Bi-County MVP Carpenter on a hot streak

BOURBON — A Bi-County championship and MVP are nice, but those are just the latest kudos for Triton’s Griffyn Carpenter.
The versatile 6-1 senior has been on a hot streak lately, first surpassing the 1,000-point career mark in Triton’s Northern State Conference victory over Culver at home at The Trojan Trench Jan. 15, then eclipsing 2004 grad Todd Blackford’s 1,077-point THS career record in the first quarter of the Class 3A, No. 3 Trojans’ win over LaVille in the boys Bi-County semifinal Friday night. And Carpenter capped off his streak Saturday by leading Triton to a repeat championship victory over Culver, finishing off an outstanding 86-point, three-game tournament run.
But while those personal accomplishments are nice, the team-minded Carpenter said they weren’t top on his priority list.
“It’s definitely a great feeling. There have been a lot of great honors I’ve had during this run,” he said. “There have been a lot of great players that have played at Triton that I’ve been fortunate enough to have passed, but overall I’m just glad that we won. The Bi-County is a very prestigious tournament... I’m just more happy that the team got the win, and the accolades that came with it are just icing on the cake.”
For Triton basketball fans who have watched Carpenter’s latest run, the only thing surprising is the way he’s made it.
Carpenter is a four-year letterwinner with the Trojans, first cutting his varsity teeth during Triton’s 25-2 state championship run in 2007-08. Despite being a freshman, Carpenter put up 200 points that season and established himself as a clutch player with some cool-as-ice moments during the march to Conseco Fieldhouse.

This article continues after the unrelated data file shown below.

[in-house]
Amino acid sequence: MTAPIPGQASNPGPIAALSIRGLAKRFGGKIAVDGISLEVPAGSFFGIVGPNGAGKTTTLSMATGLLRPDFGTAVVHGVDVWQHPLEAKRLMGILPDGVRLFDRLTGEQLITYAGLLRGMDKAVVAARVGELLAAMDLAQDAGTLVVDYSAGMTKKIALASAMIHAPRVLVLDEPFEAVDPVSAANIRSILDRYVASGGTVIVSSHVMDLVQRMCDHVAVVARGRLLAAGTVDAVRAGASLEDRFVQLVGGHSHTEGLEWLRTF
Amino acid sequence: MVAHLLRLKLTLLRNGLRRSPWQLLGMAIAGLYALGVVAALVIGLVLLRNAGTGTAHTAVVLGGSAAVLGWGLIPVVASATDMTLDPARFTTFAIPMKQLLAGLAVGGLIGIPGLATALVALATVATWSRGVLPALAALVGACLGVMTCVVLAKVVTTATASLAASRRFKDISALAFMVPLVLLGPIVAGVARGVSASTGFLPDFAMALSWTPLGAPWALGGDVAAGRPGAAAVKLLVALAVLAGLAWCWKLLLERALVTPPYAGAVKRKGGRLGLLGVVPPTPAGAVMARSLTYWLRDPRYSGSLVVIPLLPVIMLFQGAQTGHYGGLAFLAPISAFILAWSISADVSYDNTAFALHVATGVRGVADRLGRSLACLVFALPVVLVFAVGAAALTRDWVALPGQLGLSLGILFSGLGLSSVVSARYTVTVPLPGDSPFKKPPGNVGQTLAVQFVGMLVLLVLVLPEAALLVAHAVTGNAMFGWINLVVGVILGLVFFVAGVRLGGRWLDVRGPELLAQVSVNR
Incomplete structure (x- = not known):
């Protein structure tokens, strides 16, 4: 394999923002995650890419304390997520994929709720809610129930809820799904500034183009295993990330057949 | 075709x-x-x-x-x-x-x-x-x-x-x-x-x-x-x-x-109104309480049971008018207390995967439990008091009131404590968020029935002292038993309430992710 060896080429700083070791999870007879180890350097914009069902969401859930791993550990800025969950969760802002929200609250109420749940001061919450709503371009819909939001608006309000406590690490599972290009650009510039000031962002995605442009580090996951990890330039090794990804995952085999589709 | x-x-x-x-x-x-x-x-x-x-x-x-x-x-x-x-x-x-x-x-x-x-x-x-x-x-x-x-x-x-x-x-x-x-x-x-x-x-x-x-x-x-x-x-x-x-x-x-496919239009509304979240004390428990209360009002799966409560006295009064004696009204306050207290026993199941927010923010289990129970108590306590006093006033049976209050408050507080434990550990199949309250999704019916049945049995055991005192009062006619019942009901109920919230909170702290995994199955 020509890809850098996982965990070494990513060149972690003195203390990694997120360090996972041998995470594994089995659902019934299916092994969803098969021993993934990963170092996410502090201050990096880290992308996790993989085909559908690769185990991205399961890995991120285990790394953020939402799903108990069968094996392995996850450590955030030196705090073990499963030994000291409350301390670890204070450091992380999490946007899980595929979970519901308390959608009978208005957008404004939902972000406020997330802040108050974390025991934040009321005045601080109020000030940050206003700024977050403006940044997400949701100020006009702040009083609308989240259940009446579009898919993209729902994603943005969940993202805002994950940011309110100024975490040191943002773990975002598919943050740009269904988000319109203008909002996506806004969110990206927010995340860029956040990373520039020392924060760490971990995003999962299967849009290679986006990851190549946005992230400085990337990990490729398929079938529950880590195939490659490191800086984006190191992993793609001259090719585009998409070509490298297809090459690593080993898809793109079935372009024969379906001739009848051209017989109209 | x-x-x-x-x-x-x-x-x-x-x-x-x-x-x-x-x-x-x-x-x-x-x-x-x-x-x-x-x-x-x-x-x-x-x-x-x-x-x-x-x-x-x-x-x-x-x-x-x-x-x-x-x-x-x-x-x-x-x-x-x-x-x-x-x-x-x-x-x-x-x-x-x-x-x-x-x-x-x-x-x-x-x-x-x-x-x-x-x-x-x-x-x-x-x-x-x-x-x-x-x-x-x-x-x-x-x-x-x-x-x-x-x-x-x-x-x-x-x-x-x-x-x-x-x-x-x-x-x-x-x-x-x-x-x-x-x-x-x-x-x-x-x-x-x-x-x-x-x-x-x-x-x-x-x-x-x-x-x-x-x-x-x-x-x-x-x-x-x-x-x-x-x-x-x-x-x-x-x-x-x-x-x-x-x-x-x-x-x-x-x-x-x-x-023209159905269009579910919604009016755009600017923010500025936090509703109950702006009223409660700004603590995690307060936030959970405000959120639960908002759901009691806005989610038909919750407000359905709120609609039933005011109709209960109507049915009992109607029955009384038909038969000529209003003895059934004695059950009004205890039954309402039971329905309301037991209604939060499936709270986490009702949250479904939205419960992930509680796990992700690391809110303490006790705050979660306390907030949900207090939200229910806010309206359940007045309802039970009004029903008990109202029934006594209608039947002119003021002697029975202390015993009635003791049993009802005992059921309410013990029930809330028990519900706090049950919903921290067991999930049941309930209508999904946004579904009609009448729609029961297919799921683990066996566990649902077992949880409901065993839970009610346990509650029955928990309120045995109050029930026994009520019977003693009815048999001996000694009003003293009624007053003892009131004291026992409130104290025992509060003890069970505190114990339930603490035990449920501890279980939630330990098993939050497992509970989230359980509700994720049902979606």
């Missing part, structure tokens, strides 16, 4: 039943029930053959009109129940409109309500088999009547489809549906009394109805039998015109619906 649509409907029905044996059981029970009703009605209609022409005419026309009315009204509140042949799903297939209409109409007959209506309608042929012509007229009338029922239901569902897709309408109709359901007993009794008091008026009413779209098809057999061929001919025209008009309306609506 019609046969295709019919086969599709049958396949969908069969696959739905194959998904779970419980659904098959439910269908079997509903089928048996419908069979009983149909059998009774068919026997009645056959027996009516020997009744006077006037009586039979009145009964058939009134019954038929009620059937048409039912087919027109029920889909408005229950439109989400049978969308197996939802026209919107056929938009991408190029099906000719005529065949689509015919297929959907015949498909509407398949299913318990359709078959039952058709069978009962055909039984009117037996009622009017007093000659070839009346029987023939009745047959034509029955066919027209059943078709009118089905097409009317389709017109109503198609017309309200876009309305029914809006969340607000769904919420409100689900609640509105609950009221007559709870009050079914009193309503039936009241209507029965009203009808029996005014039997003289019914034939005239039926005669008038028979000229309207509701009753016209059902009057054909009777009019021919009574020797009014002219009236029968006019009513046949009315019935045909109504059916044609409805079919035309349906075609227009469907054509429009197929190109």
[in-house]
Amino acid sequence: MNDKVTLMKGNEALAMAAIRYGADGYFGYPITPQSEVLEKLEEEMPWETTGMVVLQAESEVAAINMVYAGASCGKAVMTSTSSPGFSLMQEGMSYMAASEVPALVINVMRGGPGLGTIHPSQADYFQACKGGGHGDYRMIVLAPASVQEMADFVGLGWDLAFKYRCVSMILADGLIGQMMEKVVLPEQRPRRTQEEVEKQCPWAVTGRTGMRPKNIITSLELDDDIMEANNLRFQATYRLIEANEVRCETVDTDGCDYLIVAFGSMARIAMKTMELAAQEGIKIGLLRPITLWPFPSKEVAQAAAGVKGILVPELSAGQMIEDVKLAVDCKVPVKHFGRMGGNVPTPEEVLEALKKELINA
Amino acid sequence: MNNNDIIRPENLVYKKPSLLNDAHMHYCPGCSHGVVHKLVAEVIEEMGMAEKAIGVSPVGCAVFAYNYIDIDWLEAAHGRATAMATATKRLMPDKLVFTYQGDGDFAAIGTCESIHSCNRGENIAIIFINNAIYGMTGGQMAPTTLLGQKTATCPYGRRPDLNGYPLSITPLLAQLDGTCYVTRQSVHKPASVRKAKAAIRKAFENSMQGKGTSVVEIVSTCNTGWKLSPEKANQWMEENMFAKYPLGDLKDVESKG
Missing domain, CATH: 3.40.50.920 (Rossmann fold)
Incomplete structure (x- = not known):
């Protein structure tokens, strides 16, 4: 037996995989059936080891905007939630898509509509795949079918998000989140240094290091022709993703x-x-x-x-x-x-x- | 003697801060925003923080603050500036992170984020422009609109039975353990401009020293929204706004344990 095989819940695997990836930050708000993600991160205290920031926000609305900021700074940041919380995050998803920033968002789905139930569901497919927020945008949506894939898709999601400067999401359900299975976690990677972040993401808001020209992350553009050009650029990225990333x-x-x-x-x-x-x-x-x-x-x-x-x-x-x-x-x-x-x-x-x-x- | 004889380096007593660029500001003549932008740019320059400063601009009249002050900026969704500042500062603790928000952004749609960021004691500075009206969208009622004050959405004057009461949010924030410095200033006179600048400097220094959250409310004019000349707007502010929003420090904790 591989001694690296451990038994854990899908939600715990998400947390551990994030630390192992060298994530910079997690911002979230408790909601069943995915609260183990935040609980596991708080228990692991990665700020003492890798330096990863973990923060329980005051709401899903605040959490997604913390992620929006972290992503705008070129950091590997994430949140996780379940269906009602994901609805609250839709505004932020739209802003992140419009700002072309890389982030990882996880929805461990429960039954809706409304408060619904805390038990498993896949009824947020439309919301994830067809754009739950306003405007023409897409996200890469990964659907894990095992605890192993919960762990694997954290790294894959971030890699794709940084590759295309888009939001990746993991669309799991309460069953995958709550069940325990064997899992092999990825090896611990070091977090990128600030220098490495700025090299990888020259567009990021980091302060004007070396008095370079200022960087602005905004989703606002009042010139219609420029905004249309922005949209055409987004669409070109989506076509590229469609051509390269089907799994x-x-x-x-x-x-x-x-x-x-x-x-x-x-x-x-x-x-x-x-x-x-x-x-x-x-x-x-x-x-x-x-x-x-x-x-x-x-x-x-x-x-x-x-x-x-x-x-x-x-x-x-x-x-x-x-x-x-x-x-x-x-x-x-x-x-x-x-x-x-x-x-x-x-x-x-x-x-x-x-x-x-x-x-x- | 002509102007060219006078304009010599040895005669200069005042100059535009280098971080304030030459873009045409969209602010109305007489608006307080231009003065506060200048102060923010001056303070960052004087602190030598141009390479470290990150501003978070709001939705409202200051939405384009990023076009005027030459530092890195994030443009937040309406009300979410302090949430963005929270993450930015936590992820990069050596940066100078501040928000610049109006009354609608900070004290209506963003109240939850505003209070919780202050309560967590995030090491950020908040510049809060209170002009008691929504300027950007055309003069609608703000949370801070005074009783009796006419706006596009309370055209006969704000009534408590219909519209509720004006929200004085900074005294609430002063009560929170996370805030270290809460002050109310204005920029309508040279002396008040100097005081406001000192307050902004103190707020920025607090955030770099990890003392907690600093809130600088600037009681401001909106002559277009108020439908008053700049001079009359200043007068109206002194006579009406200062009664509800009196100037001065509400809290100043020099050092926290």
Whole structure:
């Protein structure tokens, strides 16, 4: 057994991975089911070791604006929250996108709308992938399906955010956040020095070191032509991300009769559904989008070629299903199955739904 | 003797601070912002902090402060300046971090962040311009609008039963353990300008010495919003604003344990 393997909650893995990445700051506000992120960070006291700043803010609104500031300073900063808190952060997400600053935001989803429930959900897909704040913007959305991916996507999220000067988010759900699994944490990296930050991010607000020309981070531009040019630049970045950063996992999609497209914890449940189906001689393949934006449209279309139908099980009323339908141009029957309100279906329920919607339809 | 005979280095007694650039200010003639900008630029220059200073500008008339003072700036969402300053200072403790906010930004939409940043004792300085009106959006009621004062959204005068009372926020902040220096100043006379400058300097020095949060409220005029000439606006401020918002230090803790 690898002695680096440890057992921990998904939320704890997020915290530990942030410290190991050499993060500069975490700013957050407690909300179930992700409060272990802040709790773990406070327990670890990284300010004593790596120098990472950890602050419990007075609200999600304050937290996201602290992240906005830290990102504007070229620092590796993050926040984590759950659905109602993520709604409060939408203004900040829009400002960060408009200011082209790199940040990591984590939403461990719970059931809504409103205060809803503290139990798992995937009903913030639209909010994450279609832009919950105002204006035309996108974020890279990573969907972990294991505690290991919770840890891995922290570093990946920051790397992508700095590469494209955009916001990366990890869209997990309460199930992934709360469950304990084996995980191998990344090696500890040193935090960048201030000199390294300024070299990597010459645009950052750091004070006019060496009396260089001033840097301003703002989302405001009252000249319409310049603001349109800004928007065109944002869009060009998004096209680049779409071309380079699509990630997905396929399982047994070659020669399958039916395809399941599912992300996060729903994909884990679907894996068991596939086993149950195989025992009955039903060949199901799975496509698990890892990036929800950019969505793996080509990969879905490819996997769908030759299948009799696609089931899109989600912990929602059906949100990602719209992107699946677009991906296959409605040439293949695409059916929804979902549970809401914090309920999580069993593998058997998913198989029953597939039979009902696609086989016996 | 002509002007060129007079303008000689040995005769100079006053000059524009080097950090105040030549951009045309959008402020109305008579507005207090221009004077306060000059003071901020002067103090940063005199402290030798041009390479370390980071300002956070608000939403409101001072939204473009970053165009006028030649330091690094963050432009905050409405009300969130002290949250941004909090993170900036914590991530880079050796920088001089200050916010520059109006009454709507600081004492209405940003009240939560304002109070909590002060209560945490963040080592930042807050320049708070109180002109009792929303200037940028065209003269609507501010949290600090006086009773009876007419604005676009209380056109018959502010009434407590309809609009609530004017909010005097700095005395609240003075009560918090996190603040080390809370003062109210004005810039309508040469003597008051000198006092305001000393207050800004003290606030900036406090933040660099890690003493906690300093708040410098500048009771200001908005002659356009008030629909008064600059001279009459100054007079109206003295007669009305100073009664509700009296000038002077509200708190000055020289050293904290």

But while he started as a marksman, Carpenter’s offensive game has matured as he’s gone from number four scoring option to number one, and he’s developed a wide array of offensive weapons to keep defenders off balance.
“The thing I like about Griffyn — and I’ve talked about this before — is just his craftiness inside,” said Triton head boys basketball coach Jason Groves.” He’s starting to use shot fakes, be patient, see where the defense is, and counter that maybe with a reverse layup or if they play off of him, maybe knock down the 15-footer, the 10-footer if they’re up tight get around them and shot fake again and get contact and get to the free throw line. I think that’s something that Griffyn has realized he’s pretty good down there, and he can score some points down there. He can still pop out and hit the three... but I think it’s his craftiness inside that he’s realizing that’s something he can really go to, and I think it puts a lot of pressure on the opposing defense. They double down on him, he’s been dishing too and playing unselfishly so other teams can’t decide what to do.”
Carpenter’s offensive versatility didn’t just happen, either. The senior three-sport athlete has put in the work to earn his stats, evaluating himself realistically and working on his strengths while mitigating his weaknesses.
“I played a lot of AAU against a lot of guys who were quicker so I had to be careful with my dribble because they’d obviously take it away from me,” he said. “I worked a lot with Brandon Bradley, he’s our trainer, and he helped me just with using my footwork and using my body because, you know, I’m not the quickest guy. I use my body to shield off different defenders. Adding a post game, a lot more post moves and adding a mid-range game, two things that I didn’t really have my first two years. We worked on that all summer and it’s definitely paid off. I’m glad I did it.”